In recent years, cyber-attacks have become ever more complex, frequent, with an increasing number of targets and motivations, and perpetrated by a growing number of actors. From classic stealing of personal and financial (big) data to corporate espionage, from state-sponsored cyberwarfare activities to indiscriminate destructive attacks (or just a mix of all this), this decade has witnessed a blossoming number of increasingly bold offensive manoeuvres in cyber space – a trend only poised to continue. Just in 2017, a major event caused massive disruptions in global production, supply and logistic chains, wreaking havoc to the tune of several billion euros in just a matter of hours.

Public agencies as well as private companies have been tackling the issue of safety and integrity of their space infrastructure since years, extremely aware on the cyber threat level at every point of the value chain, from system components’ design to operations. Despite a handful of notable events, cyber-attacks on space systems, (in the form of signal jamming, spoofing, ground and/or space segment attacks), while taking place daily at various degrees of severity, have not reached (yet?) such critical mass in terms of damage, at least not enough to cause widespread alertness.

Yet, the space sector is today undergoing a fast-paced and unprecedented expansion which could also have relevant implications on how cyber security has to be dealt with in the future.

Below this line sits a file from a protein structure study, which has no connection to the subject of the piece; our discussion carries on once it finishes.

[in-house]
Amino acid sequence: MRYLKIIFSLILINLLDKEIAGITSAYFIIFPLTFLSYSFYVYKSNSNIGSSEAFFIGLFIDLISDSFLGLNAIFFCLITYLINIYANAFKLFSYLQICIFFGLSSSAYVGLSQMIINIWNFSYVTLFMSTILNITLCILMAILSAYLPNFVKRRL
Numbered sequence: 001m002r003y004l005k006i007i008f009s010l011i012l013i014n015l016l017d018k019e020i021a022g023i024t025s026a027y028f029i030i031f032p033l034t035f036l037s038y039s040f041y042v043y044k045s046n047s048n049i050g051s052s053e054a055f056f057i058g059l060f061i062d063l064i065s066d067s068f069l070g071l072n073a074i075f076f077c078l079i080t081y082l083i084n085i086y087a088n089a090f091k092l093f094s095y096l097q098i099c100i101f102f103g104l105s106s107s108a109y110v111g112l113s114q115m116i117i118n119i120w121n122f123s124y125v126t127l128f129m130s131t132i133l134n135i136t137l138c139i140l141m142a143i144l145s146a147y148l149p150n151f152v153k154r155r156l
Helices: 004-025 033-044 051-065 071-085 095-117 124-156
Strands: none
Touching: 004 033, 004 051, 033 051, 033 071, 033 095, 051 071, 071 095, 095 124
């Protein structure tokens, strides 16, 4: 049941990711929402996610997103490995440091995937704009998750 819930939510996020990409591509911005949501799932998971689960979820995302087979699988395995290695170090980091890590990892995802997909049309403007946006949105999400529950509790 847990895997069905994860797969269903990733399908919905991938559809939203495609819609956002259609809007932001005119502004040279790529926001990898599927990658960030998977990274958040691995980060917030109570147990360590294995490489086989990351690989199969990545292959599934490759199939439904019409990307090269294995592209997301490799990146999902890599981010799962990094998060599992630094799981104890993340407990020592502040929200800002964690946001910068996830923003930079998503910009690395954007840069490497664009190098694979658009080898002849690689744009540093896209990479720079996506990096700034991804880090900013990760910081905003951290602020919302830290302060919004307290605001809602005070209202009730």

3. Cyber Security in Emerging Outer Space Activities

In the contemporary context of “New Space” and Space 4.0, space activities are becoming more and more accessible (for private entities and nations alike) and commercialised. When looking at this development through the lens of cyber security, one of the factors of concern is not just an increase in the number of actors and operated systems (i.e. possible targets, so to speak), but also in the level of attention paid to make these systems secure and resilient against cyber-attacks.

For example, start-ups for which time to market is of essence to survive might be less inclined to adopt or abide to cyber security standards potentially expensive and time-consuming to implement. Recognising the risk of having thousands of small satellites to be launched in the next few years not cyber-resilient enough to potential hijacking, some experts went as far as suggesting a “no encryption no fly” policy for small satellites.